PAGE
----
Phil: With all that is happening, it is clearly time for another edition of “Smart or Not Smart.”

Ethan: How about I be smart this week and you be not smart?

Phil: That would certainly be a change of pace. Here’s your first topic.

Republican Sen. Roger Katz sponsored a bill to force Gov. Paul LePage to release the Land For Maine’s Future bonds, then hosted a news conference to hype his bill. Smart or not smart?

Ethan: Smart, baby, smart! He’s right on the policy, and he’s right to stand up against partisan orthodoxy. While he may never again be elected to Republican leadership, when your party does something you disagree with, you should speak up.

Phil: Putting Katz’s action aside for the moment, what is smart is how the governor is using his office to leverage what he sees as best for Maine people. Every governor before him did the same for what they believed in (see Gov. Angus King and laptops).

Ethan: Perhaps. But this governor has taken the meaning “held hostage” to a whole new level.

Phil: Now, back to Katz. Did you see the smackdown the governor gave him? Said he was not interested in keeping Mainers warm in the winter! Ouch.

Ethan: I can imagine that Katz must be feeling pretty lonely right now. I was in the same place when I refused to support my leadership’s proposal to sell future lottery proceeds to plug a hole in the budget. But if Republicans aren’t careful, Katz might just leave the party. Not a good idea to publicly attack your own. So Phil, smart or not smart for Katz to sponsor the bill?

Phil: Not smart. LePage, like he did on the hospital repayment bill, is saying if you want more land to be owned by the government, then let me use a forest management plan to sell state-owned trees. In turn, he will use that money to help install heat pumps for low-income Mainers. I think most Mainers think that makes good sense and support him.

Emily Cain and Bruce Poliquin have remained silent on their involvement in the Cate Street deal that cost Maine taxpayers $16 million, and left Millinocket with no jobs. Smart or not smart?

Phil: Smart, especially for Cain, who co-sponsored the bill that allowed this to happen, which is now turning into an embarrassment and a costly mistake. Regretfully, Cate Street demonstrates the ruthlessness of talented lawyers and selfish investors who were aided and abetted by legislators who voted for something they didn’t understand.

Ethan: Smart? Are you crazy! Not smart! Both of them need to explain their actions to try and put this behind them. Assuming Cain has a primary, a competing Democrat will use her sponsorship of the bill against her. And for Poliquin, he is culpable because, as treasurer, he voted for the actual deal that wasted taxpayer’s money.

Phil: The reason I say smart to stay silent is that I expect the race will end up being between these two. And since they both have mud on their mittens, so to speak, this will be a non-issue.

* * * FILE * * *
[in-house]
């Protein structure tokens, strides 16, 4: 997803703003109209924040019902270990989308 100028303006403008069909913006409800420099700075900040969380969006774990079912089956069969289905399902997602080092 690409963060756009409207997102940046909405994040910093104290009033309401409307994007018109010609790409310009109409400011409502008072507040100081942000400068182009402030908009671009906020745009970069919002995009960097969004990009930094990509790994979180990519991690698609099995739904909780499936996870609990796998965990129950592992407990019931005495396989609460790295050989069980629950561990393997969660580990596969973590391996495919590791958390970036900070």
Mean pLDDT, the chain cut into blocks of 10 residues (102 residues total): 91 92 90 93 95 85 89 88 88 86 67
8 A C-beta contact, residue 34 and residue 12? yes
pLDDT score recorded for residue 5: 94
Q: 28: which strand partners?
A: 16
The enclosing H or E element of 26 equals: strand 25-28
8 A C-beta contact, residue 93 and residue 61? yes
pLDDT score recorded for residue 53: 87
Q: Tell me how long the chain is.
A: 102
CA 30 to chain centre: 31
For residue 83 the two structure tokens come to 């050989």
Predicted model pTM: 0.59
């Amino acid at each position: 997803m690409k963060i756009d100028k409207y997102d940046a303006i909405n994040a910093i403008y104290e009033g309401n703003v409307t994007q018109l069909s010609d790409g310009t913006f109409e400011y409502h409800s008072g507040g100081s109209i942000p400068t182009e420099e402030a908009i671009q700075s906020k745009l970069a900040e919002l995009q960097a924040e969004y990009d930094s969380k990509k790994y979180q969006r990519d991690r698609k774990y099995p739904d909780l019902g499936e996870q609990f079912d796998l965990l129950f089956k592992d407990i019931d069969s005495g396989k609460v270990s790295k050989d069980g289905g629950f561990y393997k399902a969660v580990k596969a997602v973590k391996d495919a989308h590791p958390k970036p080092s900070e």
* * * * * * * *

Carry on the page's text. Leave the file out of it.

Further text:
Ethan: Unless someone decides to run as an independent and uses this as their differentiation point.

LePage has submitted a bill to block local municipalities from raising the minimum wage. Smart or not smart?

Ethan: Remember the good old days when Republicans believed in a thing called local control? Those days when they opposed the state mandating how local people chose to live their lives? Remember those days? Because they were, like, last week. This one is not smart.

Phil: We do believe in local control of our property and lives. However, like different laws for marijuana, immigration and sales tax, nothing could be worse for the state than a patchwork of minimum wages. Talk about winners and losers between towns and counties. This proposal to block locally set minimum wages is smart.

Ethan: The winners would be those towns that raise the minimum wage and attract workers. And once the workers in surrounding towns start moving to the towns with higher wages, then the surrounding towns will have to step up. Win-win!

Phil: You’re missing reality with your utopian vision. The opposite will occur. If Portland raises its wage to $15, your job market will be squeezed with fewer entry-level jobs, more layoffs and workers will start flooding surrounding markets keeping those wages down. LePage’s policy is smart because he is saving you from yourselves and us from the consequences of your actions.

Ethan: What would be most smart is if the state just raised the wage to $12. Then you wouldn’t have all these local ordinances. Until then, it should remain our right.

The Portland City Council bans vaping in public. Smart or not smart?

Phil: Are you progressives capable of not expanding the nanny state? Do you know the mixed message your city is sending? Not smart.

Ethan: What are you talking about? We stand for public health and clean air. Nothing “mixed message” about that.

Phil: Really? So why is it now OK to smoke an illegal marijuana cigarette as you walk down a Portland street, which is clearly proven to be bad for one’s health, while at the same time it’s now against the law to consume a legal vapor for which there is little evidence that it is worse than a joint?

Ethan: Hmm, that is actually a pretty good point. Maybe you were able to be smart this week?

Phil: Even a blind squirrel finds a nut sometimes.